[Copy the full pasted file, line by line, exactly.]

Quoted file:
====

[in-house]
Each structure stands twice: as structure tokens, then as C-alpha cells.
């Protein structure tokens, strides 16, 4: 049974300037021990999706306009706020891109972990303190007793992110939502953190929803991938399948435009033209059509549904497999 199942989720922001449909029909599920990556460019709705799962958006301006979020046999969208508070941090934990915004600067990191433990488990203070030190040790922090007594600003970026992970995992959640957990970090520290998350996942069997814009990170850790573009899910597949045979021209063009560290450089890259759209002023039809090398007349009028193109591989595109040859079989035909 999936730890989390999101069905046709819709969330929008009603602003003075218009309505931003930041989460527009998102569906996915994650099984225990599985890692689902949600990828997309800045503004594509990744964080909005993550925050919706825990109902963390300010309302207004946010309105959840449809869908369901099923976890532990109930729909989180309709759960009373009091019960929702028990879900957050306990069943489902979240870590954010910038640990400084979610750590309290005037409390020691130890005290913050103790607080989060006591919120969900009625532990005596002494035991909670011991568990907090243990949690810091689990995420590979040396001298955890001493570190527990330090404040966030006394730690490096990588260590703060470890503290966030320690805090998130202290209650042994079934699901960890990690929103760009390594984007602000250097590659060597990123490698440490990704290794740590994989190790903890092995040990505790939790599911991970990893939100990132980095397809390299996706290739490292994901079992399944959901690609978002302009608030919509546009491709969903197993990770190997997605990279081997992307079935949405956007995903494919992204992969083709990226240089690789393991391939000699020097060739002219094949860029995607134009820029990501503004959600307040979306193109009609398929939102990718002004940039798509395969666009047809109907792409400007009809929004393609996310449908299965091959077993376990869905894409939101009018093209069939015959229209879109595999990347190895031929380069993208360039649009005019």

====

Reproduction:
[in-house]
Each structure stands twice: as structure tokens, then as C-alpha cells.
């Protein structure tokens, strides 16, 4: 049974300037021990999706306009706020891109972990303190007793992110939502953190929803991938399948435009033209059509549904497999 199942989720922001449909029909599920990556460019709705799962958006301006979020046999969208508070941090934990915004600067990191433990488990203070030190040790922090007594600003970026992970995992959640957990970090520290998350996942069997814009990170850790573009899910597949045979021209063009560290450089890259759209002023039809090398007349009028193109591989595109040859079989035909 999936730890989390999101069905046709819709969330929008009603602003003075218009309505931003930041989460527009998102569906996915994650099984225990599985890692689902949600990828997309800045503004594509990744964080909005993550925050919706825990109902963390300010309302207004946010309105959840449809869908369901099923976890532990109930729909989180309709759960009373009091019960929702028990879900957050306990069943489902979240870590954010910038640990400084979610750590309290005037409390020691130890005290913050103790607080989060006591919120969900009625532990005596002494035991909670011991568990907090243990949690810091689990995420590979040396001298955890001493570190527990330090404040966030006394730690490096990588260590703060470890503290966030320690805090998130202290209650042994079934699901960890990690929103760009390594984007602000250097590659060597990123490698440490990704290794740590994989190790903890092995040990505790939790599911991970990893939100990132980095397809390299996706290739490292994901079992399944959901690609978002302009608030919509546009491709969903197993990770190997997605990279081997992307079935949405956007995903494919992204992969083709990226240089690789393991391939000699020097060739002219094949860029995607134009820029990501503004959600307040979306193109009609398929939102990718002004940039798509395969666009047809109907792409400007009809929004393609996310449908299965091959077993376990869905894409939101009018093209069939015959229209879109595999990347190895031929380069993208360039649009005019």